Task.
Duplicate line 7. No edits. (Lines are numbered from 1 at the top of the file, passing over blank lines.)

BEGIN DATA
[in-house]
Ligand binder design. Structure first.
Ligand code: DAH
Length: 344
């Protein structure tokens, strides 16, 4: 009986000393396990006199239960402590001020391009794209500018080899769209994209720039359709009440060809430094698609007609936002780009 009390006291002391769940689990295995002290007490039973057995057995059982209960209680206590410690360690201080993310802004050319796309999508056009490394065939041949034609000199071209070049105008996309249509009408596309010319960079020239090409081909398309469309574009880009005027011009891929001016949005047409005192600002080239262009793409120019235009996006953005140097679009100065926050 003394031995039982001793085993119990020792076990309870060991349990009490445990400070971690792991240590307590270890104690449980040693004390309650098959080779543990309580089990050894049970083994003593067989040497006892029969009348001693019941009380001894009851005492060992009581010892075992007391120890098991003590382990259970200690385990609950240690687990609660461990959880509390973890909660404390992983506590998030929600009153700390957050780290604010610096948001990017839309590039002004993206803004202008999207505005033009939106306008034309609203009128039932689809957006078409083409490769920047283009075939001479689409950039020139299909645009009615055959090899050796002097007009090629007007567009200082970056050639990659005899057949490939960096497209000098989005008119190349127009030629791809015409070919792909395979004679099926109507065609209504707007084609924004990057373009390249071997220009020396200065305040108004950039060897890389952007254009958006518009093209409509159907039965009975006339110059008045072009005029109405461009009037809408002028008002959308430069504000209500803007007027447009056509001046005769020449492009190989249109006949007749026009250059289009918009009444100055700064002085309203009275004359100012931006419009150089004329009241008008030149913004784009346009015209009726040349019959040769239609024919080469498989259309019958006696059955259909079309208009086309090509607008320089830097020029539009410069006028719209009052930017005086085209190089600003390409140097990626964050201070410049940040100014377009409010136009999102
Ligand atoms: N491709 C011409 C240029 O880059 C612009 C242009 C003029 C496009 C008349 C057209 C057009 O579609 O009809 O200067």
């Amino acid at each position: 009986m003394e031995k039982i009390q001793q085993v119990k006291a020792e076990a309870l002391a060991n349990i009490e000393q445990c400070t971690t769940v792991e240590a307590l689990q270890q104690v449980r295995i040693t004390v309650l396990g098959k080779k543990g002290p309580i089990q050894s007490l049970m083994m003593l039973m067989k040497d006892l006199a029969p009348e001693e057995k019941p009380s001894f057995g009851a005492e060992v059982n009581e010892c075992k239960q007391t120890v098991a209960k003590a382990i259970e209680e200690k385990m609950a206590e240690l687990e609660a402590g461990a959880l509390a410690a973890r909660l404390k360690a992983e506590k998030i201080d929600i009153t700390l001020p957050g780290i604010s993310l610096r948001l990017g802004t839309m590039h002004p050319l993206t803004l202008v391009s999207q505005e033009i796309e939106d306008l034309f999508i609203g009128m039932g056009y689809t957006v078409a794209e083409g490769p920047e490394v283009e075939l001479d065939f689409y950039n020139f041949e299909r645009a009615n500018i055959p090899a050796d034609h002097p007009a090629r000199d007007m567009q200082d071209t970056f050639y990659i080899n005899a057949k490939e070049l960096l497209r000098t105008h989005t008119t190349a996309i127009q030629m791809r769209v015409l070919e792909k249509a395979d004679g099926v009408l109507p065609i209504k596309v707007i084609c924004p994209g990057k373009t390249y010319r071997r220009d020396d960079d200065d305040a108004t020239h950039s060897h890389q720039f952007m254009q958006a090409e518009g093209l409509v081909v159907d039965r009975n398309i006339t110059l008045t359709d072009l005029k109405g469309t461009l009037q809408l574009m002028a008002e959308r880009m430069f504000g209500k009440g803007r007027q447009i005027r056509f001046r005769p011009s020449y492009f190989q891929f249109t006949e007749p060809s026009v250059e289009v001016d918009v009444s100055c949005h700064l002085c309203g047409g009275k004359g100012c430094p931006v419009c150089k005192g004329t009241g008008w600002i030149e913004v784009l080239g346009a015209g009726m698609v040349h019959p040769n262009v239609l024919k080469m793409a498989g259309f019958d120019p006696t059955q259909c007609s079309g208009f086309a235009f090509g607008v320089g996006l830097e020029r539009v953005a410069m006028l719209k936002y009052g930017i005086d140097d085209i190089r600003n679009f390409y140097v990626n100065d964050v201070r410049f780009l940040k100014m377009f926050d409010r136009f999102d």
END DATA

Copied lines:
């Amino acid at each position: 009986m003394e031995k039982i009390q001793q085993v119990k006291a020792e076990a309870l002391a060991n349990i009490e000393q445990c400070t971690t769940v792991e240590a307590l689990q270890q104690v449980r295995i040693t004390v309650l396990g098959k080779k543990g002290p309580i089990q050894s007490l049970m083994m003593l039973m067989k040497d006892l006199a029969p009348e001693e057995k019941p009380s001894f057995g009851a005492e060992v059982n009581e010892c075992k239960q007391t120890v098991a209960k003590a382990i259970e209680e200690k385990m609950a206590e240690l687990e609660a402590g461990a959880l509390a410690a973890r909660l404390k360690a992983e506590k998030i201080d929600i009153t700390l001020p957050g780290i604010s993310l610096r948001l990017g802004t839309m590039h002004p050319l993206t803004l202008v391009s999207q505005e033009i796309e939106d306008l034309f999508i609203g009128m039932g056009y689809t957006v078409a794209e083409g490769p920047e490394v283009e075939l001479d065939f689409y950039n020139f041949e299909r645009a009615n500018i055959p090899a050796d034609h002097p007009a090629r000199d007007m567009q200082d071209t970056f050639y990659i080899n005899a057949k490939e070049l960096l497209r000098t105008h989005t008119t190349a996309i127009q030629m791809r769209v015409l070919e792909k249509a395979d004679g099926v009408l109507p065609i209504k596309v707007i084609c924004p994209g990057k373009t390249y010319r071997r220009d020396d960079d200065d305040a108004t020239h950039s060897h890389q720039f952007m254009q958006a090409e518009g093209l409509v081909v159907d039965r009975n398309i006339t110059l008045t359709d072009l005029k109405g469309t461009l009037q809408l574009m002028a008002e959308r880009m430069f504000g209500k009440g803007r007027q447009i005027r056509f001046r005769p011009s020449y492009f190989q891929f249109t006949e007749p060809s026009v250059e289009v001016d918009v009444s100055c949005h700064l002085c309203g047409g009275k004359g100012c430094p931006v419009c150089k005192g004329t009241g008008w600002i030149e913004v784009l080239g346009a015209g009726m698609v040349h019959p040769n262009v239609l024919k080469m793409a498989g259309f019958d120019p006696t059955q259909c007609s079309g208009f086309a235009f090509g607008v320089g996006l830097e020029r539009v953005a410069m006028l719209k936002y009052g930017i005086d140097d085209i190089r600003n679009f390409y140097v990626n100065d964050v201070r410049f780009l940040k100014m377009f926050d409010r136009f999102d």